Reactors are a tough environment. The sub atomic particles that sustain the chain reaction, neutrons, are great for splitting additional uranium atoms, but not all of them hit a uranium atom; some of them end up in various metal components of the reactor. The metal is usually a crystalline structure, meaning it is as orderly as a ladder or a sheet of graph paper, but the neutrons rearrange the atoms, leaving some infinitesimal voids in the structure and some areas of extra density. The components literally grow, getting longer and thicker. The phenomenon is well understood and designers compensate for it with a …

Why America Needs the MOX Facility

If Isaiah had been a nuclear engineer, he’d have loved this project. And the Trump Administration should too, despite the proposal to eliminate it in the FY 2018 budget.

The project is a massive factory near Aiken, S.C., that will take plutonium from the government’s arsenal and turn it into fuel for civilian power reactors. The plutonium, made by the United States during the Cold War in a competition with the Soviet Union, is now surplus, and the United States and the Russian Federation jointly agreed to reduce their stocks, to reduce the chance of its use in weapons. Over two thousand construction workers, technicians and engineers are at work to enable the transformation.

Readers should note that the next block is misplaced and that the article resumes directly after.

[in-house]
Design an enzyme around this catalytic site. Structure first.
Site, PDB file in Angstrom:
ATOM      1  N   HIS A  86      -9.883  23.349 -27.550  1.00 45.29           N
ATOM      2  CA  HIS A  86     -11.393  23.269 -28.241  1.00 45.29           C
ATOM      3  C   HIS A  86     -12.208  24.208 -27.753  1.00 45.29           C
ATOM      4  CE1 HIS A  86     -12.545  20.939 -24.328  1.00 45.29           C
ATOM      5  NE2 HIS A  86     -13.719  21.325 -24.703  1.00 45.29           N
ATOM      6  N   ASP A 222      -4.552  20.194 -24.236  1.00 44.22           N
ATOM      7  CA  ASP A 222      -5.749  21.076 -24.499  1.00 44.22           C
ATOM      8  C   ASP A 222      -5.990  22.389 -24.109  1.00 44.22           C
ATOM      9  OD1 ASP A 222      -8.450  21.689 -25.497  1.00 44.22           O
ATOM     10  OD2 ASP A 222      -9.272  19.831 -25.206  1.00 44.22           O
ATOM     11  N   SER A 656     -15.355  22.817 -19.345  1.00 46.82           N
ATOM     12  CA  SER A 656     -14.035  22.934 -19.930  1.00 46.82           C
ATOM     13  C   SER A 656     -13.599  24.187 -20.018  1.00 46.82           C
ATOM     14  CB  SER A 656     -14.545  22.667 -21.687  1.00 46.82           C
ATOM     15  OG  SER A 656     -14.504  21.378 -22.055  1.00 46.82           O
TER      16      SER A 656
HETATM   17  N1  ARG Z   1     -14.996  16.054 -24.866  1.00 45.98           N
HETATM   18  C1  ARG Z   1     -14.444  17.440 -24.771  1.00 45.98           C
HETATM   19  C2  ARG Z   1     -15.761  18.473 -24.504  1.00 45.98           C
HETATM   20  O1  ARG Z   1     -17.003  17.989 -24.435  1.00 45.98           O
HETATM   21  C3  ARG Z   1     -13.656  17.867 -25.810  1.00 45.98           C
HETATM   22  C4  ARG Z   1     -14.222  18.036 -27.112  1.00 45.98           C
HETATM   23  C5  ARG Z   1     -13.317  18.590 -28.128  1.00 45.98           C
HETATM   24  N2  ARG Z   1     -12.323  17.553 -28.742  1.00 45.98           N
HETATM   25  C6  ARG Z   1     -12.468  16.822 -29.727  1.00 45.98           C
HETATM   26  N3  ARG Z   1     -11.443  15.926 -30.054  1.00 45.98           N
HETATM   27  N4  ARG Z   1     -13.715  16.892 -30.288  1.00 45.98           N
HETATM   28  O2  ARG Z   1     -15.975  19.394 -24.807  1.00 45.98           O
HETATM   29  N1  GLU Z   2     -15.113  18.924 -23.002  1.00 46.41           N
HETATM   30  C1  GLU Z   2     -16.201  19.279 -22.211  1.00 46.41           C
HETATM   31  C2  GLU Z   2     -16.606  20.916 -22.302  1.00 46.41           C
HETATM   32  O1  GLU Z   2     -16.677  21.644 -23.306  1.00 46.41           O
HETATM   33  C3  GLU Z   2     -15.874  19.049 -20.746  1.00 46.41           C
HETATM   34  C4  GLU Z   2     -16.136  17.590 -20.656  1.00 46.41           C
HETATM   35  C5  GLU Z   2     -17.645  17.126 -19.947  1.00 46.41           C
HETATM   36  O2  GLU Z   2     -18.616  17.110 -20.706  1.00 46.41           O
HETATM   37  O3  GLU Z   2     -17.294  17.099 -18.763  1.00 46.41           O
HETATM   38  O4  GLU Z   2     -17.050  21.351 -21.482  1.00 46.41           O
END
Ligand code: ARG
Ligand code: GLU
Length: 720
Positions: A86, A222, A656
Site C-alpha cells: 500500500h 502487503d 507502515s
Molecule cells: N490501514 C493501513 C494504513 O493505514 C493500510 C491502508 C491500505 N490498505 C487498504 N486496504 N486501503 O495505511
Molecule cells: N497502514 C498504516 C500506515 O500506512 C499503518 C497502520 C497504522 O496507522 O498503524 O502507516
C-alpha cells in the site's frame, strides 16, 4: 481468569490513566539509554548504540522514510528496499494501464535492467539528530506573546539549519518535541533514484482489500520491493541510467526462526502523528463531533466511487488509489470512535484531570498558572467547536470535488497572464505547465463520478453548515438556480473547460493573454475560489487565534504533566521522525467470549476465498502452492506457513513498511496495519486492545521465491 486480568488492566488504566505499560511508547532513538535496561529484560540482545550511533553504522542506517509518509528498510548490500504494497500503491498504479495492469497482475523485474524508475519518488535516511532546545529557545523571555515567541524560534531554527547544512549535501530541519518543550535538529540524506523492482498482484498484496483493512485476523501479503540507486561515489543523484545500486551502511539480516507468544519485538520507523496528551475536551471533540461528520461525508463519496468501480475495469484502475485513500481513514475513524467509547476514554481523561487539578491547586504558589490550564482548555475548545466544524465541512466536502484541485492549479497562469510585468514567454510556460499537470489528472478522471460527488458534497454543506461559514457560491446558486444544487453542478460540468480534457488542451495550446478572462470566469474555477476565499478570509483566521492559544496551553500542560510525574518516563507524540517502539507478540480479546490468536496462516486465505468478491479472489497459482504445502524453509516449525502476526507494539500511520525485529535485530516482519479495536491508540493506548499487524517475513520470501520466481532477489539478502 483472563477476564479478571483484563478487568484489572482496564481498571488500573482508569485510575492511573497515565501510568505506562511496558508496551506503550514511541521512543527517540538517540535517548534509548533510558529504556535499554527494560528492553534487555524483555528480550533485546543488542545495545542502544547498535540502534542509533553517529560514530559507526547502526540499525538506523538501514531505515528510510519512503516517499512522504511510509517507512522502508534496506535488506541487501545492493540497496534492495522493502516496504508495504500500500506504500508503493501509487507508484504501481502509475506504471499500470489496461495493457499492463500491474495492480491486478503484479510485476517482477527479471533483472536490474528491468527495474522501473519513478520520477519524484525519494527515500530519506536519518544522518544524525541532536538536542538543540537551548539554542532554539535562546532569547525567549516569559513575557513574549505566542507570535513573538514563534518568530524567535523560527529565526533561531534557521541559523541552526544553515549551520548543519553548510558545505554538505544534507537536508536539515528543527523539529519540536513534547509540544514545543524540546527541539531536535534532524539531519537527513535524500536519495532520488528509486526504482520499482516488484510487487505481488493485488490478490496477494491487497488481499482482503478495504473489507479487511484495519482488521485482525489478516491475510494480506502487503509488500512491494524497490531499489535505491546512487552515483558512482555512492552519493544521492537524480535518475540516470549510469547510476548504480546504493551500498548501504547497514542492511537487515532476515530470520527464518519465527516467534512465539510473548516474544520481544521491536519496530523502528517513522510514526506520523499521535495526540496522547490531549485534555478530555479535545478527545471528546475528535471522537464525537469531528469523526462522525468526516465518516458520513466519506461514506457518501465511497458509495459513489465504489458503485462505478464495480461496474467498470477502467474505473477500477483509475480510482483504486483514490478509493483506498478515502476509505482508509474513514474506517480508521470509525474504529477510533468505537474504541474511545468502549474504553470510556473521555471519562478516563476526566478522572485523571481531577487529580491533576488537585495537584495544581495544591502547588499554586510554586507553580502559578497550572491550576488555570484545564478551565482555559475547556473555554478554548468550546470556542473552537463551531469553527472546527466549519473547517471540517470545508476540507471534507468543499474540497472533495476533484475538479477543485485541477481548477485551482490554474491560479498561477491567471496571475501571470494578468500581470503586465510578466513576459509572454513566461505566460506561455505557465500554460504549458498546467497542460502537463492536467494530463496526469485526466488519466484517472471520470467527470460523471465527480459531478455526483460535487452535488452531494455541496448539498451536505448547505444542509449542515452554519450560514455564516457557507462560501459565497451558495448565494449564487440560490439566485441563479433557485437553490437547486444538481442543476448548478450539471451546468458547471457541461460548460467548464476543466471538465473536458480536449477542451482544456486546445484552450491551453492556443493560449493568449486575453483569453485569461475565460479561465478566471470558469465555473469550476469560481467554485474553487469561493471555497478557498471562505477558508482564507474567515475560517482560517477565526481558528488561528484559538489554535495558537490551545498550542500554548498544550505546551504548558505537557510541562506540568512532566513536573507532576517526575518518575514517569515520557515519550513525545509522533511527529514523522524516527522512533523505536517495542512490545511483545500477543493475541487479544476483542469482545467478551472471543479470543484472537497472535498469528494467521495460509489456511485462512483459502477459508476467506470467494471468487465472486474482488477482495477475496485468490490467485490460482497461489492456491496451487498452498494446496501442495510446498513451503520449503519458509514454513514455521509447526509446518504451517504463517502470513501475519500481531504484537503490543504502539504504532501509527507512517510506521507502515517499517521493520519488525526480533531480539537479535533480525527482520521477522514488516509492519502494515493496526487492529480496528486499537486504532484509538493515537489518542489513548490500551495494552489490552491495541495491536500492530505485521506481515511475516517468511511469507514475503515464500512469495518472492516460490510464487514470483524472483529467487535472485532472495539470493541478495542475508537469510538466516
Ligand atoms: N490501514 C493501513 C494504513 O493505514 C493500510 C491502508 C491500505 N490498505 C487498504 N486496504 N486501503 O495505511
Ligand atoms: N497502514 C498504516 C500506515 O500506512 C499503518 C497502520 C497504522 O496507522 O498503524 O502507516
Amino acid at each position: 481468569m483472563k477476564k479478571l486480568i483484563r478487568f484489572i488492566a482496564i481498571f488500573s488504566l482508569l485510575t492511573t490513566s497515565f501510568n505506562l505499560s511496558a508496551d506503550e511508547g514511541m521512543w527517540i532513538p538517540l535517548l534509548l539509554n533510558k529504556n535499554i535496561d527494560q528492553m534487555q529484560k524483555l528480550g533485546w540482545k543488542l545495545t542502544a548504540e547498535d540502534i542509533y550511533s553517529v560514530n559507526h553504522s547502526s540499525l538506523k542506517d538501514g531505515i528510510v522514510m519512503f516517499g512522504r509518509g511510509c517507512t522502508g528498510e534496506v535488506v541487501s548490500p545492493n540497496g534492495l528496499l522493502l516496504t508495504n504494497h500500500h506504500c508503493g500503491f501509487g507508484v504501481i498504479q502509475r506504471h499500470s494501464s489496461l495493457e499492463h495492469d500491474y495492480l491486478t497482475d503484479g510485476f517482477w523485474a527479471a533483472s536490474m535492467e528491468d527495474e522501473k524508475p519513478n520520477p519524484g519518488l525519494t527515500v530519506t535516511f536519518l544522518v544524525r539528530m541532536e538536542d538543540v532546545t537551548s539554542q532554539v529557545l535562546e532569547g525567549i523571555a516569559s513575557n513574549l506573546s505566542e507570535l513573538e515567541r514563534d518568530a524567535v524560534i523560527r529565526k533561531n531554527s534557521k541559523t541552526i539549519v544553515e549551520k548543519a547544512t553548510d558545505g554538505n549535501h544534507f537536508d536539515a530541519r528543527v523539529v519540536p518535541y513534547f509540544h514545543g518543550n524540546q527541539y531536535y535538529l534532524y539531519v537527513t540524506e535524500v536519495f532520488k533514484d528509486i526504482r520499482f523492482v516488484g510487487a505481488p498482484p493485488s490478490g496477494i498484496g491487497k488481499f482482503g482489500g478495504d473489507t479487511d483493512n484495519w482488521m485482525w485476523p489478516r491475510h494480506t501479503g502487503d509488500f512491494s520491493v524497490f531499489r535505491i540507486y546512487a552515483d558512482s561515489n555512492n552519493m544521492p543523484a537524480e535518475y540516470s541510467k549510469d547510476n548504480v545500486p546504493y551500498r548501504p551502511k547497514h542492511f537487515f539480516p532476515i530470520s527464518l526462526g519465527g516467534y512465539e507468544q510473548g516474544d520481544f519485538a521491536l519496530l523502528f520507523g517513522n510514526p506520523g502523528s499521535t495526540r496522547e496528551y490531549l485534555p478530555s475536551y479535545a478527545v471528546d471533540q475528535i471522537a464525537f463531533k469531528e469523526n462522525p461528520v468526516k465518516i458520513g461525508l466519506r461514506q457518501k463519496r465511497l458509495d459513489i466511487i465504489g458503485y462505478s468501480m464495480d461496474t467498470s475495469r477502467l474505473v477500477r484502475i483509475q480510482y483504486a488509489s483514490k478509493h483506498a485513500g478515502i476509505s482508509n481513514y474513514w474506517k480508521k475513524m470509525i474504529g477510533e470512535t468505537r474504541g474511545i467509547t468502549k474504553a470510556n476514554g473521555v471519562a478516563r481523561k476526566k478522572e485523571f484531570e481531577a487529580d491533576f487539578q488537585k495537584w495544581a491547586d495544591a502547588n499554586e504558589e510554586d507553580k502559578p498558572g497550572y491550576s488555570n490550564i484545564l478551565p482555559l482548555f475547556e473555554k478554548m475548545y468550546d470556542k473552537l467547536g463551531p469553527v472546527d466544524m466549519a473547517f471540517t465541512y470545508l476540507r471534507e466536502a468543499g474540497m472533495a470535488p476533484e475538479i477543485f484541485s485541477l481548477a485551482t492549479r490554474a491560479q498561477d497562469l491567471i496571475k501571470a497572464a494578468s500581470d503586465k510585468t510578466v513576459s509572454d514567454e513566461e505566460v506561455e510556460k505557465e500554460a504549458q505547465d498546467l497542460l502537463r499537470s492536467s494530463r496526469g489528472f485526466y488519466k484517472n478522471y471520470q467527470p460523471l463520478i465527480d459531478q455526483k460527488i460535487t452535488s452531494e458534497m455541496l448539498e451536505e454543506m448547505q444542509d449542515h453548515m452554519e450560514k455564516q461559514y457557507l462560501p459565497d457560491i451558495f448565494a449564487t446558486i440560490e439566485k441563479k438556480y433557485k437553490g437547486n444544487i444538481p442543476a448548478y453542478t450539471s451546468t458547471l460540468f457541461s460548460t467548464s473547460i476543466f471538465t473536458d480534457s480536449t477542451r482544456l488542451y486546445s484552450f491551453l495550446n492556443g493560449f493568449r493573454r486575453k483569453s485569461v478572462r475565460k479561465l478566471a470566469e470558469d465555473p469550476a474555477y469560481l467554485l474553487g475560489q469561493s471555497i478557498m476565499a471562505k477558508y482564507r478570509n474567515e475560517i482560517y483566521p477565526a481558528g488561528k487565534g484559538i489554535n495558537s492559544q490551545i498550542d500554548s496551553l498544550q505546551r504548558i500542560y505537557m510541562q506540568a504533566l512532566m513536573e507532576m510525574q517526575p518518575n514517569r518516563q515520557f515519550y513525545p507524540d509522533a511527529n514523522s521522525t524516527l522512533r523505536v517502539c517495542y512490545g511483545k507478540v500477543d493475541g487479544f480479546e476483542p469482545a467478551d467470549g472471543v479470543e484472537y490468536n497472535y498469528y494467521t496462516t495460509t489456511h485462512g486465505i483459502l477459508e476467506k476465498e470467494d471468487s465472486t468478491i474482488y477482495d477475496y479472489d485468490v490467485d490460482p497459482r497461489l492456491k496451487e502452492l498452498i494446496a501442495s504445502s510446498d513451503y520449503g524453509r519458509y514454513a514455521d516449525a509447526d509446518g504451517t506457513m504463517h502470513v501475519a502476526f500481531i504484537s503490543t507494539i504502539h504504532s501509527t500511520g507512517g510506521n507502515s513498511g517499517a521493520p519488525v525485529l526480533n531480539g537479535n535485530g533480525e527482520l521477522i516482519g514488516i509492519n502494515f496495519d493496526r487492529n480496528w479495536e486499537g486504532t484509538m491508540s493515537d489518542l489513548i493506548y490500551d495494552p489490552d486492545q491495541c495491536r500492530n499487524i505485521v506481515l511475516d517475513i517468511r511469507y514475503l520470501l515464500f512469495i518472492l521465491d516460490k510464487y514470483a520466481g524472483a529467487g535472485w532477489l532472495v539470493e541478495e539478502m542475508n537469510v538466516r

Carrying Isaiah’s “swords into plowshares” vision into the nuclear field did not originate with plutonium. In 1993, the United States and Russia began a 20-year program to take weapons-grade uranium out of the Russian inventory, dilute it to levels appropriate for civilian power plants, and then use it to produce…

Nuclear Is a Long-Term Investment for Ohio that Will Pay Big

With 50 different state legislative calendars, more than half of them adjourn by June, and those still in session throughout the year usually take a recess in the summer. So springtime is prime time for state legislative activity. In the next few weeks, legislatures are hosting hearings and calling for votes on bills that have been battered back and forth in the capital halls.

On Tuesday, The Ohio Public Utilities Committee hosted its third round of hearings on the Zero Emissions Nuclear Resources Program, House Bill 178, and NEI’s Maria Korsnick testified before a jam-packed room of legislators.

Washingtonians parachuting into state debates can be a tricky platform, but in this case, Maria’s remarks provided national perspective that put the Ohio conundrum into context. At the heart of this debate is the impact nuclear plants have on local jobs and the local economy, and that nuclear assets should be viewed as “long-term investments” for the state. Of course, clean air and electrons …